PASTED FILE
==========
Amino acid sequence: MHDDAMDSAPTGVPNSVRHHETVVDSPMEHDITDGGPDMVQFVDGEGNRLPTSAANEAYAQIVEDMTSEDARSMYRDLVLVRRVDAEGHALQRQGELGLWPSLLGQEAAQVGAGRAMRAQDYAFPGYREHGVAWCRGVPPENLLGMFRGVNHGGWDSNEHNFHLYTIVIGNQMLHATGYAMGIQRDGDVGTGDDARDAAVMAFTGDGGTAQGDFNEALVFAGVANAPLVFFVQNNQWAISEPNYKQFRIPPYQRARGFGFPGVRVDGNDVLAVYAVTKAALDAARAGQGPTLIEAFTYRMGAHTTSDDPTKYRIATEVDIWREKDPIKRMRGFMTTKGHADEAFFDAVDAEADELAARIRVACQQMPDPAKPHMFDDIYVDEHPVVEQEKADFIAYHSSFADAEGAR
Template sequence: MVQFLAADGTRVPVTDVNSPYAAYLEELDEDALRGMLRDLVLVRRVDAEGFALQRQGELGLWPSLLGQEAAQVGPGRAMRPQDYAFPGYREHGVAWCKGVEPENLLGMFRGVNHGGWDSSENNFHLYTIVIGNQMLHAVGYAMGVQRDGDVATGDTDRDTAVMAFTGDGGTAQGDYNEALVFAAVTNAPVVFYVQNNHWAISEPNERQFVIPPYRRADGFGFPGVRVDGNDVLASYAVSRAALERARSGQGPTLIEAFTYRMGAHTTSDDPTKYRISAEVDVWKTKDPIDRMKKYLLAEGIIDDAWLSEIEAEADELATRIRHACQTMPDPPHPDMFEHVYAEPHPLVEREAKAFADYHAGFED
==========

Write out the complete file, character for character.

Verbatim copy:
Amino acid sequence: MHDDAMDSAPTGVPNSVRHHETVVDSPMEHDITDGGPDMVQFVDGEGNRLPTSAANEAYAQIVEDMTSEDARSMYRDLVLVRRVDAEGHALQRQGELGLWPSLLGQEAAQVGAGRAMRAQDYAFPGYREHGVAWCRGVPPENLLGMFRGVNHGGWDSNEHNFHLYTIVIGNQMLHATGYAMGIQRDGDVGTGDDARDAAVMAFTGDGGTAQGDFNEALVFAGVANAPLVFFVQNNQWAISEPNYKQFRIPPYQRARGFGFPGVRVDGNDVLAVYAVTKAALDAARAGQGPTLIEAFTYRMGAHTTSDDPTKYRIATEVDIWREKDPIKRMRGFMTTKGHADEAFFDAVDAEADELAARIRVACQQMPDPAKPHMFDDIYVDEHPVVEQEKADFIAYHSSFADAEGAR
Template sequence: MVQFLAADGTRVPVTDVNSPYAAYLEELDEDALRGMLRDLVLVRRVDAEGFALQRQGELGLWPSLLGQEAAQVGPGRAMRPQDYAFPGYREHGVAWCKGVEPENLLGMFRGVNHGGWDSSENNFHLYTIVIGNQMLHAVGYAMGVQRDGDVATGDTDRDTAVMAFTGDGGTAQGDYNEALVFAAVTNAPVVFYVQNNHWAISEPNERQFVIPPYRRADGFGFPGVRVDGNDVLASYAVSRAALERARSGQGPTLIEAFTYRMGAHTTSDDPTKYRISAEVDVWKTKDPIDRMKKYLLAEGIIDDAWLSEIEAEADELATRIRHACQTMPDPPHPDMFEHVYAEPHPLVEREAKAFADYHAGFED